New Issue! Focus on Europe

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We have just sent our May/June 2017 issue to e-subscribers, and print subscribers should find the issue in their mailboxes soon. (Not a subscriber? You can subscribe online here.)

You can find the full table of contents for the issue here. Here is the page 2 editors’ note for the issue:

The Resistible Rise of the Far Right

We could be forgiven for feeling like we are living through a replay of history.

The last epic wave of capitalist globalization—whether we think of it as ending in 1914 or 1929—gave way to spasms of war, depression, and reaction. It’s not a coincidence that we see similar menaces again today, for key underlying factors leading into the two crisis periods are similar—the strength and directness of owning-class control over state policy, the growing concentration of income and wealth, and the defeat of working-class movements (especially due to their failure to overcome nationalistic impulses).

The articles in this issue tackle the current situation—the weaknesses of reformism today, the menace of far-right “populist” movements, and the necessity for clear alternative politics. Two focus on the United States; three, on Europe.

John Miller tackles the Border Adjustment Tax (BAT) proposal—a combination of import tax, export tax exemption, and corporate tax giveaway—championed by House Republicans. The design of the policy suggests a political aim, appealing to U.S. workers on the basis of “economic nationalism”—the view that U.S. workers are being ruined by foreign competition, that workers in China and Mexico are “stealing” their jobs, and that boosting the trade balance is good for jobs, the economy, and American “greatness.” But at its heart the big winners would be giant corporations—they would get a big export subsidy and an enormous corporate tax cut.

In this issue’s interview, UMass Amherst economist Gerald Epstein makes the case for a new critical response to the presidency of Trump and the menace of a “proto-fascist” regime. Progressive economists have become accustomed to doing garden-variety policy analysis: What will be the effects of a proposed policy on economic growth, employment, income inequality, and so on? “Trumponomics,” Epstein argues, calls for an approach more clearly focused on questions of political power. Progressives cannot be distracted by, say, the potential growth impact of increased infrastructure spending, when the real aim of the policy is to cement support for the proto-fascist regime.

John Weeks takes us across the Atlantic, to the UK and the situation in the wake of the Brexit vote. The result was fueled by a vile and mendacious xenophobia. It also, however, owed to the failure of “remain” proponents to make a case for what was good about the EU—protections for human rights and labor rights that restrain European capitalists. Always lukewarm toward the European project (except the supposed economic benefits), the Labour Party did little to combat the right-wing campaign against the “bureaucrats in Brussels.” With the Brexit result irreversible in the short run, Weeks argues, the task at hand is to muster resistance to a new business offensive against human rights and workers’ rights.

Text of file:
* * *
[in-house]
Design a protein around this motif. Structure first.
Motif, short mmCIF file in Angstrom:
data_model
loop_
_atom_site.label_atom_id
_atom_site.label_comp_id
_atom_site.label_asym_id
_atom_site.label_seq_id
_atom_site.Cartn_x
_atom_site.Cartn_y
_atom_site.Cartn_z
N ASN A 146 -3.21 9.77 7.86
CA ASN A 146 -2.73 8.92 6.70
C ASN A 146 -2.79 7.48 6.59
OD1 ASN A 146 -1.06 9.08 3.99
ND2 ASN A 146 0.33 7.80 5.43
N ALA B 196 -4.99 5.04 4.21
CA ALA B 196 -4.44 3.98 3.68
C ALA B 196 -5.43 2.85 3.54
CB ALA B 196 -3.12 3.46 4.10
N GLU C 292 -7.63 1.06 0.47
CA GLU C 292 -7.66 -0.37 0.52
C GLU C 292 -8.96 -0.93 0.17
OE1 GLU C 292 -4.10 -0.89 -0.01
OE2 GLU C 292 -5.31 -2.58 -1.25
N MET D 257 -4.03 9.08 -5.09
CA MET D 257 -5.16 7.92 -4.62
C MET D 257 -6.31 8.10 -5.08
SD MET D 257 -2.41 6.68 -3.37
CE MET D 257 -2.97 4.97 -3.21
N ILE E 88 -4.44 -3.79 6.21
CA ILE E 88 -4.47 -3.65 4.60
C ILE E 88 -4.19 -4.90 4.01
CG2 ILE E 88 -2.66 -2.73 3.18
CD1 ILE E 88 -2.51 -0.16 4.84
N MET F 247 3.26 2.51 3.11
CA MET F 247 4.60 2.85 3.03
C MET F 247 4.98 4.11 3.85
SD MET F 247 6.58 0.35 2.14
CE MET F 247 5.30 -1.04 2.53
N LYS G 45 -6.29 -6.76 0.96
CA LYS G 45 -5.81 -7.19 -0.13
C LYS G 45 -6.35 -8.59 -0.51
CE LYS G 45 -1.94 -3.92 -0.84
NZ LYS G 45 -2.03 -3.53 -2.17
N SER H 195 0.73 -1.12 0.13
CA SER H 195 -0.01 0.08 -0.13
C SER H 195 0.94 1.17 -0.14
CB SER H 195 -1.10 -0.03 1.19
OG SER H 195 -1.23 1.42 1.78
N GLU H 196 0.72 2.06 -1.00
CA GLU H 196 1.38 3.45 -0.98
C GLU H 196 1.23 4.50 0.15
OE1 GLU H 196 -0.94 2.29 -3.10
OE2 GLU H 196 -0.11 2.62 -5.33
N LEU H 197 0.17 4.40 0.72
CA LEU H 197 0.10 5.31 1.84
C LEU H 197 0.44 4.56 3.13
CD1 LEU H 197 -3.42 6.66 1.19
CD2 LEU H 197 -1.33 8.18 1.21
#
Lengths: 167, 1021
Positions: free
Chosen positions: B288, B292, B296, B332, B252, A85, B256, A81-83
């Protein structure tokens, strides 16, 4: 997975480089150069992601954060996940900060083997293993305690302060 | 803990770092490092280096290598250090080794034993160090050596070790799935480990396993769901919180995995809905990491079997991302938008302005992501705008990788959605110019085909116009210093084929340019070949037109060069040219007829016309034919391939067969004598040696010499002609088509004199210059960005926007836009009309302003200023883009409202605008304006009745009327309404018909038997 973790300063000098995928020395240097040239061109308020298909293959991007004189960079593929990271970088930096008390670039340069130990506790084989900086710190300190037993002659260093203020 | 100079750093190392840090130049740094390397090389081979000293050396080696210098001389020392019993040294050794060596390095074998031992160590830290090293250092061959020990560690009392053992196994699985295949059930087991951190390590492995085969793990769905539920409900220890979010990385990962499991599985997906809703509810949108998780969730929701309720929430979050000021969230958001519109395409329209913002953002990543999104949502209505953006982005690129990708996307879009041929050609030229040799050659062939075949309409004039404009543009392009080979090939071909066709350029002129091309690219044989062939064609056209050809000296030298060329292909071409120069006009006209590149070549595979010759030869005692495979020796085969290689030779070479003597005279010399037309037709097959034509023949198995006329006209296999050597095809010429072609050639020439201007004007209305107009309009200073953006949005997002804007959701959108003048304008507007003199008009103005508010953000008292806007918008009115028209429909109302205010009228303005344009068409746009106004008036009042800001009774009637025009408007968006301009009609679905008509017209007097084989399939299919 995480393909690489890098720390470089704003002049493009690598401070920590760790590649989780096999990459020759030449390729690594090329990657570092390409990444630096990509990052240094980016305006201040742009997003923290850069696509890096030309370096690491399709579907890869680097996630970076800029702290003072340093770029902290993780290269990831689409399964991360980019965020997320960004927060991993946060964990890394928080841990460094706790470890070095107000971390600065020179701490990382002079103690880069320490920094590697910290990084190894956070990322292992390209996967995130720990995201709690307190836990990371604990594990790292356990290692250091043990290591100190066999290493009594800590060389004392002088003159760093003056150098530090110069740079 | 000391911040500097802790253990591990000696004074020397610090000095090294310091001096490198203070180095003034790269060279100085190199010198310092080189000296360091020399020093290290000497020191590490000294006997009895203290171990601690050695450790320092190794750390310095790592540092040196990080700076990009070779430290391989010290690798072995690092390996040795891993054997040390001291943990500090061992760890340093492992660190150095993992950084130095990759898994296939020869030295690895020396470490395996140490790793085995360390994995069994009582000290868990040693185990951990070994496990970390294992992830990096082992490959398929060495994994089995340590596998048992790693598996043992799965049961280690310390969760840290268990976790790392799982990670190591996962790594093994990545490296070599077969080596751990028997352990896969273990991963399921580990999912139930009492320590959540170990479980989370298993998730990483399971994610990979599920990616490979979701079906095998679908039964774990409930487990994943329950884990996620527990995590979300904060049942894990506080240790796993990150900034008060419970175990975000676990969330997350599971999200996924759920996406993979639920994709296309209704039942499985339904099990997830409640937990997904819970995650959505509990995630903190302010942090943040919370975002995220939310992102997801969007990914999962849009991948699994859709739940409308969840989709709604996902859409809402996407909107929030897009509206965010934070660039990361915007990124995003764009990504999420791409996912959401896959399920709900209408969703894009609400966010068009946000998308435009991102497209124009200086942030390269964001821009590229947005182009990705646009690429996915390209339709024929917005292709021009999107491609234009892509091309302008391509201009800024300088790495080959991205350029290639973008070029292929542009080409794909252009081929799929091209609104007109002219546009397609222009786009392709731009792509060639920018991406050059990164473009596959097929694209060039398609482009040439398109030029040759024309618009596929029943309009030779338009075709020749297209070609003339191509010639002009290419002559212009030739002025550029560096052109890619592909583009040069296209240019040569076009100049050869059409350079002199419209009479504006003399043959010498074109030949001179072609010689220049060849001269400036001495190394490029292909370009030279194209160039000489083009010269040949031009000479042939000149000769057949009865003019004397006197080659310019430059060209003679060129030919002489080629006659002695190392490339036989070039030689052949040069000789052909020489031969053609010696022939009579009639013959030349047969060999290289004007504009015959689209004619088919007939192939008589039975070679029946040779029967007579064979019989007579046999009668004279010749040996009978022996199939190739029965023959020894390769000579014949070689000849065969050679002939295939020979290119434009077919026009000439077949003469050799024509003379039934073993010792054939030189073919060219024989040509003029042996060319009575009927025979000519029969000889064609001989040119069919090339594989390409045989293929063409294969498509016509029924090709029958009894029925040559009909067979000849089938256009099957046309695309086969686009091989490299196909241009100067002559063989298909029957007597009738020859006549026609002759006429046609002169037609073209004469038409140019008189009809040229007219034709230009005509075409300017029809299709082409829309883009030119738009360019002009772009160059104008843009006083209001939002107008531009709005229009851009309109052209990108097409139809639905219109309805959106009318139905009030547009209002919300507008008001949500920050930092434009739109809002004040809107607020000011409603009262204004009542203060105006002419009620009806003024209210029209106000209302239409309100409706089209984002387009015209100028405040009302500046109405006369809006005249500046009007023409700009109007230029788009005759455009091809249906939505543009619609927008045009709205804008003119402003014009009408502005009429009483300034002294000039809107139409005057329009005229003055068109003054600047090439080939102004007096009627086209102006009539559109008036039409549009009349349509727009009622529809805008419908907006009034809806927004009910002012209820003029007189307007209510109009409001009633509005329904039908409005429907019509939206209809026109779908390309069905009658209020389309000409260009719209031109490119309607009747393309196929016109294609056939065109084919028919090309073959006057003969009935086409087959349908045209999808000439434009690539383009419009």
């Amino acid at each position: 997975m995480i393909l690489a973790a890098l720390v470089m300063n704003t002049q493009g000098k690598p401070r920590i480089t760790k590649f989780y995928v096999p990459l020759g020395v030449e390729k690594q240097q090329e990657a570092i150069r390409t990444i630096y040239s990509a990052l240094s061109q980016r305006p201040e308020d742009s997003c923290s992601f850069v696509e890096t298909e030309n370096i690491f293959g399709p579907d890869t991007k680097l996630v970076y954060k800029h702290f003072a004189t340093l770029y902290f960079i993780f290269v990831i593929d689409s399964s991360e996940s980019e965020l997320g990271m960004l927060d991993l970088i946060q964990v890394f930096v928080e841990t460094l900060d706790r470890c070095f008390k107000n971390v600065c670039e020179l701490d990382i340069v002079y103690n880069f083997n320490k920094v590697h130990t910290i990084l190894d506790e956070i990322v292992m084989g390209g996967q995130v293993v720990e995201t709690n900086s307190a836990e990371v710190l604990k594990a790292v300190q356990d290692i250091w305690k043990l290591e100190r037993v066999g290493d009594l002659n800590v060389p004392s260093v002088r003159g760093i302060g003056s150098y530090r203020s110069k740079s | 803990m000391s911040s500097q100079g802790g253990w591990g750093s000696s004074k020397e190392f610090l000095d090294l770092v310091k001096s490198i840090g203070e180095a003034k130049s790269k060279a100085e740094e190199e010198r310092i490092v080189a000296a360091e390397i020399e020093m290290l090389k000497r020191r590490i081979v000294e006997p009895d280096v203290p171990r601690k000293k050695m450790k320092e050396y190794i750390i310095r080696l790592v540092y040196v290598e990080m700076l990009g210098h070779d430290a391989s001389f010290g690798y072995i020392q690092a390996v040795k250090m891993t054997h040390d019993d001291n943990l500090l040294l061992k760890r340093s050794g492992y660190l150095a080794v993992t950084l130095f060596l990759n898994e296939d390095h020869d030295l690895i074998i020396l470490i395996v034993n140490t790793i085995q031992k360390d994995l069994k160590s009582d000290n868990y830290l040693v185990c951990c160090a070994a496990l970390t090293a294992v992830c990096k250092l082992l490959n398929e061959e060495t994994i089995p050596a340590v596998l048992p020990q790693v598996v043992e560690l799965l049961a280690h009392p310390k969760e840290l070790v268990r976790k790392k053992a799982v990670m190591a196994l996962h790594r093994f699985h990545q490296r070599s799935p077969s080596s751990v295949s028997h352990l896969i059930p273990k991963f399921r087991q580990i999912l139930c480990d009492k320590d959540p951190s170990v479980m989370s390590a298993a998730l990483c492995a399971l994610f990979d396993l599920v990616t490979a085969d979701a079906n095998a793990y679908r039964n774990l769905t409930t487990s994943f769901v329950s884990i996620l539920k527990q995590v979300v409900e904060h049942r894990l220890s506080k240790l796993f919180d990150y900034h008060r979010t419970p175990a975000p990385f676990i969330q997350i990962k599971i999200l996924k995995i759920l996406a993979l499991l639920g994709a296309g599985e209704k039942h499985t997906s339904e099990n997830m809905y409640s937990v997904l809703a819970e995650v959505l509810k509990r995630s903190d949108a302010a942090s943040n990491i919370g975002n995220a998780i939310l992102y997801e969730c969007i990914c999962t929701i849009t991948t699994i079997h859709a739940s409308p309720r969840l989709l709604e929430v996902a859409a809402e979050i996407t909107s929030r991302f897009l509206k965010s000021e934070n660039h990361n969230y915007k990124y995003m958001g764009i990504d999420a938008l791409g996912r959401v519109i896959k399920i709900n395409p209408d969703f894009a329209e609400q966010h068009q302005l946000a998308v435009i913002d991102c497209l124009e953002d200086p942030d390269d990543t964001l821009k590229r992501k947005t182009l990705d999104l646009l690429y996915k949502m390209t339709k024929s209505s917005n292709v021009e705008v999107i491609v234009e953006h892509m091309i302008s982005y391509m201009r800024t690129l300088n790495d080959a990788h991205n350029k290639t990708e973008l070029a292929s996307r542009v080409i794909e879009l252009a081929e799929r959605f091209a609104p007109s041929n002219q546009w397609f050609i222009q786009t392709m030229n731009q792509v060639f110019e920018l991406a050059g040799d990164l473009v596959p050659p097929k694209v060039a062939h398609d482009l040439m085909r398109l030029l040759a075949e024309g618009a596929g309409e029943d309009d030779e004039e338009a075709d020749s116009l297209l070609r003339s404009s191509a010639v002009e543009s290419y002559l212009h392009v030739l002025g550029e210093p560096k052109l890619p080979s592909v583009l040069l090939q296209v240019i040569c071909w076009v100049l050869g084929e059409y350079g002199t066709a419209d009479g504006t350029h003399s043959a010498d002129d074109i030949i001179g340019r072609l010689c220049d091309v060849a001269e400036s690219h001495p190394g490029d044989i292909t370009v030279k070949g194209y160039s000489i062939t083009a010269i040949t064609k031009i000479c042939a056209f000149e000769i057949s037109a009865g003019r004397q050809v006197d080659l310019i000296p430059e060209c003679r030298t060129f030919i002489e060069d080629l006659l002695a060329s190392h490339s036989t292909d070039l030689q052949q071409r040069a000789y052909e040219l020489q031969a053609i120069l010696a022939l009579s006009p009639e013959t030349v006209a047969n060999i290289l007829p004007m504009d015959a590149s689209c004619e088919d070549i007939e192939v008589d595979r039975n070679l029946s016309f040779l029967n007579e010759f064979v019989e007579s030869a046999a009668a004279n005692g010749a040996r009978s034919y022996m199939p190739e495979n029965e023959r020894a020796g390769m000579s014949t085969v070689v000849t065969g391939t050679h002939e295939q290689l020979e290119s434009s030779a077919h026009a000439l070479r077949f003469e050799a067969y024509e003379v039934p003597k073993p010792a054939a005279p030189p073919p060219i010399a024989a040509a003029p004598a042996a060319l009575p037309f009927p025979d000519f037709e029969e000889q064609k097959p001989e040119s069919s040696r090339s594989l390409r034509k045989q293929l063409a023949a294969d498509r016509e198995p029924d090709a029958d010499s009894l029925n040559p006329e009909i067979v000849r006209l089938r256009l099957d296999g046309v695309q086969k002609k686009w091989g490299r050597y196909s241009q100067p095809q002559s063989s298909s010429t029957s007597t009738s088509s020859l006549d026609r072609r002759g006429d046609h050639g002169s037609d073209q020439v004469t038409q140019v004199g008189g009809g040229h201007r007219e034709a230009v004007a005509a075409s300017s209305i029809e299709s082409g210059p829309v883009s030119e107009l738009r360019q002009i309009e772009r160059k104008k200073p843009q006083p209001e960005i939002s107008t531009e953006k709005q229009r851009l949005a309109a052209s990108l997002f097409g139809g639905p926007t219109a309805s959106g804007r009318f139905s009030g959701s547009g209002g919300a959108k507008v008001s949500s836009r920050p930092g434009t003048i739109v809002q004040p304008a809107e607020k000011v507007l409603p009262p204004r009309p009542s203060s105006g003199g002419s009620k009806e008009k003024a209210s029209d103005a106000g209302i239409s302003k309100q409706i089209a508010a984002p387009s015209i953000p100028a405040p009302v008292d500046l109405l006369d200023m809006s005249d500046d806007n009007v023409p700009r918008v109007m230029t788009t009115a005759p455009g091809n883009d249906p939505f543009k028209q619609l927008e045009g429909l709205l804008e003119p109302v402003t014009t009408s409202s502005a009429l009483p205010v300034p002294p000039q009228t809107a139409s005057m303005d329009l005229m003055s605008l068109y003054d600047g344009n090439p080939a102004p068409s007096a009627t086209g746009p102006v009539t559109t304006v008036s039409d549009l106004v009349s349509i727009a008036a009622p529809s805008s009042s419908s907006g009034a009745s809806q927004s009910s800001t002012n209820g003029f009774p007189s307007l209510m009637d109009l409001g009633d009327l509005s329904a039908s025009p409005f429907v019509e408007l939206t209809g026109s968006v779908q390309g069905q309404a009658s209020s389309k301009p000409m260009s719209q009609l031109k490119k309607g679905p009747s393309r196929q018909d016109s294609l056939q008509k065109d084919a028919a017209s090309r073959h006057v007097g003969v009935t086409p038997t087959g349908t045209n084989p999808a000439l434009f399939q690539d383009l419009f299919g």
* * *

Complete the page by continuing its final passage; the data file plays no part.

Marjolein van der Veen looks at the recent electoral outcome in the Netherlands, where the right-wing xenophobic-Islamophobic “Party for Freedom” finished second in a crowded field. Observers around the world, fearing that the country would be the next “domino” to fall to an ascendant far-right politics, may have breathed a sigh of relief. Van der Veen cautions, however, against a too-sanguine conclusion. The main outcomes were the collapse of the center-left Labor Party, punished by voters for its embrace of austerity policies, and the overall rightward shift of Dutch politics—a big business party being the election victor (in part due to embracing more anti-immigrant politics itself). The question now is how the left parties can confront racism and xenophobia and craft an appealing alternative program.

Finally, we have the concluding third installment of D&S co-editor Alejandro Reuss’ series on social democracy and the crisis of Europe: “Reform or Revolution?” Reuss both assesses the overall political trends of the European left—including cases where there are signs of a break from compromising “Third Way” politics and a revival of traditional social-democratic reformism. He does not, however, end there—pointing instead to the possibility of a new revolutionary anti-capitalist politics and a plausible vision for a new egalitarian, cooperative, democratic, and sustainable society.

All our authors call on us to remember that—while events today may echo those of the past and why we need to apply historical lessons to our present problems—we are not living through a replay of the past.

History does not follow a preset script. It is ever written anew, in words and in fire.